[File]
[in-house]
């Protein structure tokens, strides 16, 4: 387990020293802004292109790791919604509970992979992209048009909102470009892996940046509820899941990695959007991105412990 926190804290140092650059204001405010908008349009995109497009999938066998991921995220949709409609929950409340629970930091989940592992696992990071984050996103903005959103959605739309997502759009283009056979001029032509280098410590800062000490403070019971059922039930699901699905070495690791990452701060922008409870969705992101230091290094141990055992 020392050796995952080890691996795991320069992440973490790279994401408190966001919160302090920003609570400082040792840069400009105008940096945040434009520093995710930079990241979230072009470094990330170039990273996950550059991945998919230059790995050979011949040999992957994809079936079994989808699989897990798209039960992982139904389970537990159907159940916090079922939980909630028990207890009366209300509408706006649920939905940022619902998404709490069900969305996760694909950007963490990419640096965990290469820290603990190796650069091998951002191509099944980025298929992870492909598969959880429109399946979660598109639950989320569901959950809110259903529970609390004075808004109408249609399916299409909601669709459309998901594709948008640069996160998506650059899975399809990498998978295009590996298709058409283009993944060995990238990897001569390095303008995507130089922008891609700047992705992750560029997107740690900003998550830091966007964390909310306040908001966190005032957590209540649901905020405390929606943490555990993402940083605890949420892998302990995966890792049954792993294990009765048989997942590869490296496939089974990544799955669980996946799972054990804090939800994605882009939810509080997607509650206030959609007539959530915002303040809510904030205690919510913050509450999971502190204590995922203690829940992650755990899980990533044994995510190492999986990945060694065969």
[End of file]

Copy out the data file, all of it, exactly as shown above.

[in-house]
């Protein structure tokens, strides 16, 4: 387990020293802004292109790791919604509970992979992209048009909102470009892996940046509820899941990695959007991105412990 926190804290140092650059204001405010908008349009995109497009999938066998991921995220949709409609929950409340629970930091989940592992696992990071984050996103903005959103959605739309997502759009283009056979001029032509280098410590800062000490403070019971059922039930699901699905070495690791990452701060922008409870969705992101230091290094141990055992 020392050796995952080890691996795991320069992440973490790279994401408190966001919160302090920003609570400082040792840069400009105008940096945040434009520093995710930079990241979230072009470094990330170039990273996950550059991945998919230059790995050979011949040999992957994809079936079994989808699989897990798209039960992982139904389970537990159907159940916090079922939980909630028990207890009366209300509408706006649920939905940022619902998404709490069900969305996760694909950007963490990419640096965990290469820290603990190796650069091998951002191509099944980025298929992870492909598969959880429109399946979660598109639950989320569901959950809110259903529970609390004075808004109408249609399916299409909601669709459309998901594709948008640069996160998506650059899975399809990498998978295009590996298709058409283009993944060995990238990897001569390095303008995507130089922008891609700047992705992750560029997107740690900003998550830091966007964390909310306040908001966190005032957590209540649901905020405390929606943490555990993402940083605890949420892998302990995966890792049954792993294990009765048989997942590869490296496939089974990544799955669980996946799972054990804090939800994605882009939810509080997607509650206030959609007539959530915002303040809510904030205690919510913050509450999971502190204590995922203690829940992650755990899980990533044994995510190492999986990945060694065969």